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Can a High Scar from Tummy Tuck Be Lowered?

Hi. I had my tummy tuck 2 yrs ago although it has healed fine. The scar is high and I was wondering, can’t it be lowered? And is there a reason that some people have high scars?

Doctor Answers (7)

High Tummy Tuck scar can be lowered

+3

The placement of tummy tuck scars vary from surgeon to surgeon and also, patient to patient. If your scar is too high, it is usually possible to lower it. It can be lowered in the middle without extending the scar. But if the sides are too high, the scar needs to be extended somewhat to lower it. The procedure generally takes only 30 minutes or so, and the recovery is much easier than the original abdominoplasty.

I hope this helps!


Folsom Plastic Surgeon
5.0 out of 5 stars 27 reviews

Lowering a tummy tuck scar

+2

It is possible to lower a tummy tuck depending on the softness of the skin in the area of your scar. I would recommend waiting one year after your original tummy tuck surgery to attempt lowering it. This is done at the level of the skin, no muscle involvement is required, therefore your recovery is easier. The scar can still migrate upward slightly overtime, so the improvement may be mild at best; depending on how "high" it is to begin with.

Consult with one or more board certified plastic surgeons prior to scheduling this procedure.

William Bruno, MD
Beverly Hills Plastic Surgeon
5.0 out of 5 stars 152 reviews

Anchoring sutures

+1
Thank you for your post. It is not common for surgeons to anchor the lower incision to the fascia or covering of the abdominal muscles to keep the scar low, however, I do use this technique and agree with it. All the tension on the incision is from above, not below, and thus the scar tends to move toward the area of maximal tension (towards the ribs/bellybutton). This moves the scar higher than desired. I like to keep my scars very low, and feel that anchoring the scar helps accomplish this. The following photo is an example of this.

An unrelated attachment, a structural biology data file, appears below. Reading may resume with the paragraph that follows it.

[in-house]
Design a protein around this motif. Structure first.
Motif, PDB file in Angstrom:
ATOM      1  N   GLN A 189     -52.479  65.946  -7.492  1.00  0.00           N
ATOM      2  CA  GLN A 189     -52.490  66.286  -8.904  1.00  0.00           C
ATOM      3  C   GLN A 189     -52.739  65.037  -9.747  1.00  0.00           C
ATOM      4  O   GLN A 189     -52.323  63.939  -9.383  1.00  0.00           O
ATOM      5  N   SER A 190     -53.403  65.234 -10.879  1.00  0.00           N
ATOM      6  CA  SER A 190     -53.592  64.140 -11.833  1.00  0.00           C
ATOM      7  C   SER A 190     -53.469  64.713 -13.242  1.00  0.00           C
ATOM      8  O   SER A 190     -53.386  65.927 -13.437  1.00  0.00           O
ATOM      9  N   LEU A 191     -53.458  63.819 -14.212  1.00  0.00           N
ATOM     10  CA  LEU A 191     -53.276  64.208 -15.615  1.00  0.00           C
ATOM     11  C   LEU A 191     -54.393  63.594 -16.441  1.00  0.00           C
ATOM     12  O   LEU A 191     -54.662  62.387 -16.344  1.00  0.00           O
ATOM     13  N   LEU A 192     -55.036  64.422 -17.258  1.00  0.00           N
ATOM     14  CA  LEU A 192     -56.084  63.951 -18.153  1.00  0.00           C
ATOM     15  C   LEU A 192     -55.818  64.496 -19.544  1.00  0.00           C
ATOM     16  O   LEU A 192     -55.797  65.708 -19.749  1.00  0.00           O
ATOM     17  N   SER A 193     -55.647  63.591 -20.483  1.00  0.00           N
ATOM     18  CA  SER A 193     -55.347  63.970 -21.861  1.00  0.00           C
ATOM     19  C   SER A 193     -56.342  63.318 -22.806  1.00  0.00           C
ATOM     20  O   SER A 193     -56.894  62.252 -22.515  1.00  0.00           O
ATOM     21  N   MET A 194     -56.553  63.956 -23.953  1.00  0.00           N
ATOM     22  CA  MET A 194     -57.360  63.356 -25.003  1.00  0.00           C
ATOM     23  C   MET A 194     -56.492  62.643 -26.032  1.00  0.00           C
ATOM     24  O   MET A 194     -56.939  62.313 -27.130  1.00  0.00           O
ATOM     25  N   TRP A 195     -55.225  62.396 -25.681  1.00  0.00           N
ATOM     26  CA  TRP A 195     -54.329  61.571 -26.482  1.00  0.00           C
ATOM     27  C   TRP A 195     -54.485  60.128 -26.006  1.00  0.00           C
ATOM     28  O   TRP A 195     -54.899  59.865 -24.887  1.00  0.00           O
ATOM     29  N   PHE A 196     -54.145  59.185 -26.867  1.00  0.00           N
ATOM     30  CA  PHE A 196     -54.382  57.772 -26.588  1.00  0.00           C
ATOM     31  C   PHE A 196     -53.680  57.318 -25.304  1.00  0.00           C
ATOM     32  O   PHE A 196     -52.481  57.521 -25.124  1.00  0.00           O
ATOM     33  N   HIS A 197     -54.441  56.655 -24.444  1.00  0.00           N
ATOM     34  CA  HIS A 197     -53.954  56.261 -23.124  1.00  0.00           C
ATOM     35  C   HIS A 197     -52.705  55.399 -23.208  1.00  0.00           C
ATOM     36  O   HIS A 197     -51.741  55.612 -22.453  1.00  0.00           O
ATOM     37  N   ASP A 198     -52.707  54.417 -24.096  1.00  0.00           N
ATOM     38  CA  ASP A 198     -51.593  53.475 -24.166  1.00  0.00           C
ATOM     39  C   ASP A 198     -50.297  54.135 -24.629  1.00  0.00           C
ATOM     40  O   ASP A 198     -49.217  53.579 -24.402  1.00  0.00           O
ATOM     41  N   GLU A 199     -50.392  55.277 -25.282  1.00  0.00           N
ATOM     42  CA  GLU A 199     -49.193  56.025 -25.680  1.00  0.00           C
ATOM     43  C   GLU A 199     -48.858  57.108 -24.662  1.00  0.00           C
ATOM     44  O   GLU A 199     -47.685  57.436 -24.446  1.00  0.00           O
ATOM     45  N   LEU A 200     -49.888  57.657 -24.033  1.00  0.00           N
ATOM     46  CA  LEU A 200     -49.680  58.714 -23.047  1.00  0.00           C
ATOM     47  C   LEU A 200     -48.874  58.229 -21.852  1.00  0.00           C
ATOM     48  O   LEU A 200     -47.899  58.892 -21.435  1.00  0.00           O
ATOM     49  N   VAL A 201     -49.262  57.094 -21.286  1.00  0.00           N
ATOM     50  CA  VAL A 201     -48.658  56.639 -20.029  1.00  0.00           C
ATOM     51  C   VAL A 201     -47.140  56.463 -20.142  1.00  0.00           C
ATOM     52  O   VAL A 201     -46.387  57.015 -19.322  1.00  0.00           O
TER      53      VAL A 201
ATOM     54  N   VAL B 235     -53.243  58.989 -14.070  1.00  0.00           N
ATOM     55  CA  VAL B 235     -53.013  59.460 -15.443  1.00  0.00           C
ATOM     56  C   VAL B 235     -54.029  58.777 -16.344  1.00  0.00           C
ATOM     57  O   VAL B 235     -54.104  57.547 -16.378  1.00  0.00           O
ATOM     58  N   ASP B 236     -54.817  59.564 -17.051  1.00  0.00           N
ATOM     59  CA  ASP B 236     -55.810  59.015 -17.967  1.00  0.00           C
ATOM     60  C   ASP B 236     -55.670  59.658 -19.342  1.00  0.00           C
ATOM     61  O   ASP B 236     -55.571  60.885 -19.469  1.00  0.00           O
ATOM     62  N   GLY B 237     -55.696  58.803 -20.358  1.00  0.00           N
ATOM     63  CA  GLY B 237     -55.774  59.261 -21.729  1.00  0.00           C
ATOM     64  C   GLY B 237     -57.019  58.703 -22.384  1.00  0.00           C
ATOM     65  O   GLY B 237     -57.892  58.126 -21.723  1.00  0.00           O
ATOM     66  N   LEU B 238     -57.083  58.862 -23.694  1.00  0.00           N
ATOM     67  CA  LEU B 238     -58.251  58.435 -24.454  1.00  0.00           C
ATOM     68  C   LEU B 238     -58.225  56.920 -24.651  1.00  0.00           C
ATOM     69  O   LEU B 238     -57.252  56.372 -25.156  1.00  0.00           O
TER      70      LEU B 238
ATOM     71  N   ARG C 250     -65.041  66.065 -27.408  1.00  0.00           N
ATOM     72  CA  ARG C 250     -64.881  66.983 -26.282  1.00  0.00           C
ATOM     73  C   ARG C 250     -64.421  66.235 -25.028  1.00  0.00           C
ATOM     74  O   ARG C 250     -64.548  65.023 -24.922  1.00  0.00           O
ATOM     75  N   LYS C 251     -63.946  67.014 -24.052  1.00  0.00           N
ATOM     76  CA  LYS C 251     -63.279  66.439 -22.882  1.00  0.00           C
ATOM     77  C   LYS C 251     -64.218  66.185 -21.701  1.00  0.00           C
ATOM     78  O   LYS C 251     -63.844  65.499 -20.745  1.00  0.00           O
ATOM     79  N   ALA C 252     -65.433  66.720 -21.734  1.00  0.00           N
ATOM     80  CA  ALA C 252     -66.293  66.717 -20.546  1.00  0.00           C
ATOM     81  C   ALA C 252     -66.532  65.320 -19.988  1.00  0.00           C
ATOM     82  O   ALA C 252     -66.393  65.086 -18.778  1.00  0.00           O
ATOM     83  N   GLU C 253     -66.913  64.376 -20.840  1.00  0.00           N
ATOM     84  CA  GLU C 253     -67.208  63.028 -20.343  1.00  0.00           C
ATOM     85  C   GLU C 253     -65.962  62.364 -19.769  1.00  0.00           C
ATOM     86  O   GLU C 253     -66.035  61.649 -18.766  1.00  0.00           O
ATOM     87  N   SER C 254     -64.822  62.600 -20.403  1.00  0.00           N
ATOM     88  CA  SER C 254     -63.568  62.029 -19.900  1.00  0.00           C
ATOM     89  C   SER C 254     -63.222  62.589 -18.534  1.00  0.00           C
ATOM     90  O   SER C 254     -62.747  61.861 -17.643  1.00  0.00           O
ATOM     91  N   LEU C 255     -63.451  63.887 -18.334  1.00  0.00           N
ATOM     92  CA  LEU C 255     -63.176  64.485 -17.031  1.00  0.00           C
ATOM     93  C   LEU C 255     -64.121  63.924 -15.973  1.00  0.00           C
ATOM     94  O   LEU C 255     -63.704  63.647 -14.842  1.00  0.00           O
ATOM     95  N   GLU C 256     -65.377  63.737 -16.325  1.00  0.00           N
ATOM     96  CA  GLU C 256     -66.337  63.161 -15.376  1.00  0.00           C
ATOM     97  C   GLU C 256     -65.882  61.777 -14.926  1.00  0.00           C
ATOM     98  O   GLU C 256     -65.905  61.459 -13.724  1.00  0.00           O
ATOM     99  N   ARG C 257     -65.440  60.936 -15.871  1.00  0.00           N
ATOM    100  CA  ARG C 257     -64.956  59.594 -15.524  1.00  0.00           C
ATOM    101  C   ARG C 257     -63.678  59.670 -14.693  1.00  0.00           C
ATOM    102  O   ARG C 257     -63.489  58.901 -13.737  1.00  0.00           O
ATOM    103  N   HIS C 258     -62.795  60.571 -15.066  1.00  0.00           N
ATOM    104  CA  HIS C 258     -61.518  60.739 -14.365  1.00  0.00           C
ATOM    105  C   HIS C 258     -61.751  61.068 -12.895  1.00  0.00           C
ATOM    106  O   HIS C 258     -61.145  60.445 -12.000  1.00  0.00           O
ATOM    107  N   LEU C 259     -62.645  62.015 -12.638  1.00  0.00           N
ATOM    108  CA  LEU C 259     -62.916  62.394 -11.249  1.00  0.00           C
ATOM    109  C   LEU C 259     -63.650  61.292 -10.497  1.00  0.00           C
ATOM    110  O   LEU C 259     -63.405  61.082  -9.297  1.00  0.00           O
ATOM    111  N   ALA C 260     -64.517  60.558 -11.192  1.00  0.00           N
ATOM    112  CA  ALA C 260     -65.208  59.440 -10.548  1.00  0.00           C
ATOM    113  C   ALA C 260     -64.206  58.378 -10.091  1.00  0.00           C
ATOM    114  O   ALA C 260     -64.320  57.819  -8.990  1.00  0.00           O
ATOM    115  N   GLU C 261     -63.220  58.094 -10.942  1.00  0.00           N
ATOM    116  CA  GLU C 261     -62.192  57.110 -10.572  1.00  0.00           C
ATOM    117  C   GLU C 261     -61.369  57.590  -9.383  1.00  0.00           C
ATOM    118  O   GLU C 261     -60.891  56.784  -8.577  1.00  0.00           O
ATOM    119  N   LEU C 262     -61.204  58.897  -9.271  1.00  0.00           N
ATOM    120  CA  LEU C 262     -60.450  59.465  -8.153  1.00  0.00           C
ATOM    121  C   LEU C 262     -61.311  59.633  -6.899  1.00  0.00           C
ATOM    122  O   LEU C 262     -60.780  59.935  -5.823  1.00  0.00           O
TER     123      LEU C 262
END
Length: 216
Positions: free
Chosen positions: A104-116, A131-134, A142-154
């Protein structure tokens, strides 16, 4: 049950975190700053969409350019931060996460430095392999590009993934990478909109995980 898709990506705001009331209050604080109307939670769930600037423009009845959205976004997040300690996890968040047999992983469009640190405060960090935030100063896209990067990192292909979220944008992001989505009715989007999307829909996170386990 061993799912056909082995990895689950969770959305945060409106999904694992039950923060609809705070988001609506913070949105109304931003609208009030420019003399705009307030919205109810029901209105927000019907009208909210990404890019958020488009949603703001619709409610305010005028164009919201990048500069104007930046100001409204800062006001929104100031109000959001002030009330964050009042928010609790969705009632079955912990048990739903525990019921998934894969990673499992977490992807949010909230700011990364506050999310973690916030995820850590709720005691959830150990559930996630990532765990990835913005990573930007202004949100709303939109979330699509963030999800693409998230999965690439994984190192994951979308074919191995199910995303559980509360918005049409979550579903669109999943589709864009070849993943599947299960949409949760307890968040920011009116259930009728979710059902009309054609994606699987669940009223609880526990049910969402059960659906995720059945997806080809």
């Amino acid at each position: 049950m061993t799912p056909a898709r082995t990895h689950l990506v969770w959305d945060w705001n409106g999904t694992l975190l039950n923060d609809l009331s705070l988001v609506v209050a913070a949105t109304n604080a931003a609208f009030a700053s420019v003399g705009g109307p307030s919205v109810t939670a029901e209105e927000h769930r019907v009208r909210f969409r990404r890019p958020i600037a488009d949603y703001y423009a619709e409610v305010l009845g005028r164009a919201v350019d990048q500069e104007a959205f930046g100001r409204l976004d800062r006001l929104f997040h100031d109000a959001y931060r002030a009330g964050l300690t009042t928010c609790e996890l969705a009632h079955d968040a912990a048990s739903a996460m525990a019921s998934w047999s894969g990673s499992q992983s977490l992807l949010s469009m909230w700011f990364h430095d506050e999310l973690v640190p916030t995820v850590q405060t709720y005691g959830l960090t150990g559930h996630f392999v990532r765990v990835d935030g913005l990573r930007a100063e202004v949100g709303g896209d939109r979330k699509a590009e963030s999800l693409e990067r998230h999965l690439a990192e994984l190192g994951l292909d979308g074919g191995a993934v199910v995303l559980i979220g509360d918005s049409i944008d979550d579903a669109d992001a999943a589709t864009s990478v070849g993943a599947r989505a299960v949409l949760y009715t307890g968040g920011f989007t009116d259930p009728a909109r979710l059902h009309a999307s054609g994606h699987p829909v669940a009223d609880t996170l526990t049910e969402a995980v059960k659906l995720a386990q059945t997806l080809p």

Pablo Prichard, MD
Phoenix Plastic Surgeon
5.0 out of 5 stars 29 reviews

High scars with tummy tuck

+1

High scars generally occur because of the surgeon's desire to remove all stretch marks which typically are centered around the umbilicus. Once placed in a high position the scars are difficult to lower unless significant laxity has recurred allowing more excision of skin or the skin is stretched with a tissue expander.

Otto Joseph Placik, MD
Chicago Plastic Surgeon
5.0 out of 5 stars 48 reviews

High abdomional scar

+1

It may be possible to lower an abdominal scar tha you feel is a bit high, but if it was done recently, you may have to wait a year or so.

Steven Wallach, MD
Manhattan Plastic Surgeon
4.5 out of 5 stars 18 reviews

How to lower a high tummy Tuck scar

+1

Tummy tucks are a very popular and effective way to contour the abdomen. In our practice, we work very closely with our patients before the surgery to help plan the position of their scar. When designing our tummy tuck, we use the patients smallest bikini to help position the scar in a location that will be least noticeable

in our practice, we commonly see patients who have received tummy tucks in who are not satisfied with the high position of their scars. The most important factor in fixing this scar position is the looseness of the abdominal skin. If there is enough laxity in the abdominal wall, you would benefit from a revision tummy tuck where this abdominal flap is lowered and the scar is replaced with a low scar in a less noticeable position.

To learn more about tummy tucks, see photos, and help you decide which one is best for you, please visit us at the link below:
 

Pat Pazmino, MD
Miami Plastic Surgeon
4.5 out of 5 stars 69 reviews

Each person has a diferent scar location

+1

It is best for the surgeon to avoid a vertical scar on the abdomen from where the belly button has been incised and so if you don't have a lot of upper abdominal excess tissue, your scar will wind up higher than others. Unless you developed a significant amount of lax skin again, there is no way to lower it. It should continue to fade over the next 2-3 years until it is quite faint.

Richard P. Rand, MD, FACS
Seattle Plastic Surgeon
5.0 out of 5 stars 51 reviews

These answers are for educational purposes and should not be relied upon as a substitute for medical advice you may receive from your physician. If you have a medical emergency, please call 911. These answers do not constitute or initiate a patient/doctor relationship.